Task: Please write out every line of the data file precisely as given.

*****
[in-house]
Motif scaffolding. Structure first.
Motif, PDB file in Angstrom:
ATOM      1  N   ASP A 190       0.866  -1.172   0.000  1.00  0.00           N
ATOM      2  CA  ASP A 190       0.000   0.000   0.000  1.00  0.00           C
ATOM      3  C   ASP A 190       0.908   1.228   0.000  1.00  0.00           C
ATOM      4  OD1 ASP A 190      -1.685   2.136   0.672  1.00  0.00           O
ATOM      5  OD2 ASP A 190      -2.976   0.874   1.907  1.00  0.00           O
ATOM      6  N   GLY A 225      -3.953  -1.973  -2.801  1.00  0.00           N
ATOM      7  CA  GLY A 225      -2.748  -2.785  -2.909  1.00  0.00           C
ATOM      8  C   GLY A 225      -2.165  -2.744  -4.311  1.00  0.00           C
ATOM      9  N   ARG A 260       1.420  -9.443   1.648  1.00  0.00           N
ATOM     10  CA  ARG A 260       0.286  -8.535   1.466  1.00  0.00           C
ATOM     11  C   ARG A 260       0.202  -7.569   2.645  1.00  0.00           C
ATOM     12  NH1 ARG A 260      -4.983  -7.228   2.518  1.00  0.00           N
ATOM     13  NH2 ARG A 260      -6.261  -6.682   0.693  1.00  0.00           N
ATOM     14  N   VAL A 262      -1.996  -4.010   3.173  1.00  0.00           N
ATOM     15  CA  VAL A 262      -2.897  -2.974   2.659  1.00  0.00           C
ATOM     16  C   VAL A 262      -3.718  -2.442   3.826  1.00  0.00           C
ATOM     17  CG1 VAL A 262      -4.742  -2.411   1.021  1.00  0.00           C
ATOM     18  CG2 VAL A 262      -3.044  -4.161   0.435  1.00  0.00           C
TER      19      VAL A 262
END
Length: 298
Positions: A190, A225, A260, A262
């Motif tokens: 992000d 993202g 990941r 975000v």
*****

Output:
[in-house]
Motif scaffolding. Structure first.
Motif, PDB file in Angstrom:
ATOM      1  N   ASP A 190       0.866  -1.172   0.000  1.00  0.00           N
ATOM      2  CA  ASP A 190       0.000   0.000   0.000  1.00  0.00           C
ATOM      3  C   ASP A 190       0.908   1.228   0.000  1.00  0.00           C
ATOM      4  OD1 ASP A 190      -1.685   2.136   0.672  1.00  0.00           O
ATOM      5  OD2 ASP A 190      -2.976   0.874   1.907  1.00  0.00           O
ATOM      6  N   GLY A 225      -3.953  -1.973  -2.801  1.00  0.00           N
ATOM      7  CA  GLY A 225      -2.748  -2.785  -2.909  1.00  0.00           C
ATOM      8  C   GLY A 225      -2.165  -2.744  -4.311  1.00  0.00           C
ATOM      9  N   ARG A 260       1.420  -9.443   1.648  1.00  0.00           N
ATOM     10  CA  ARG A 260       0.286  -8.535   1.466  1.00  0.00           C
ATOM     11  C   ARG A 260       0.202  -7.569   2.645  1.00  0.00           C
ATOM     12  NH1 ARG A 260      -4.983  -7.228   2.518  1.00  0.00           N
ATOM     13  NH2 ARG A 260      -6.261  -6.682   0.693  1.00  0.00           N
ATOM     14  N   VAL A 262      -1.996  -4.010   3.173  1.00  0.00           N
ATOM     15  CA  VAL A 262      -2.897  -2.974   2.659  1.00  0.00           C
ATOM     16  C   VAL A 262      -3.718  -2.442   3.826  1.00  0.00           C
ATOM     17  CG1 VAL A 262      -4.742  -2.411   1.021  1.00  0.00           C
ATOM     18  CG2 VAL A 262      -3.044  -4.161   0.435  1.00  0.00           C
TER      19      VAL A 262
END
Length: 298
Positions: A190, A225, A260, A262
């Motif tokens: 992000d 993202g 990941r 975000v």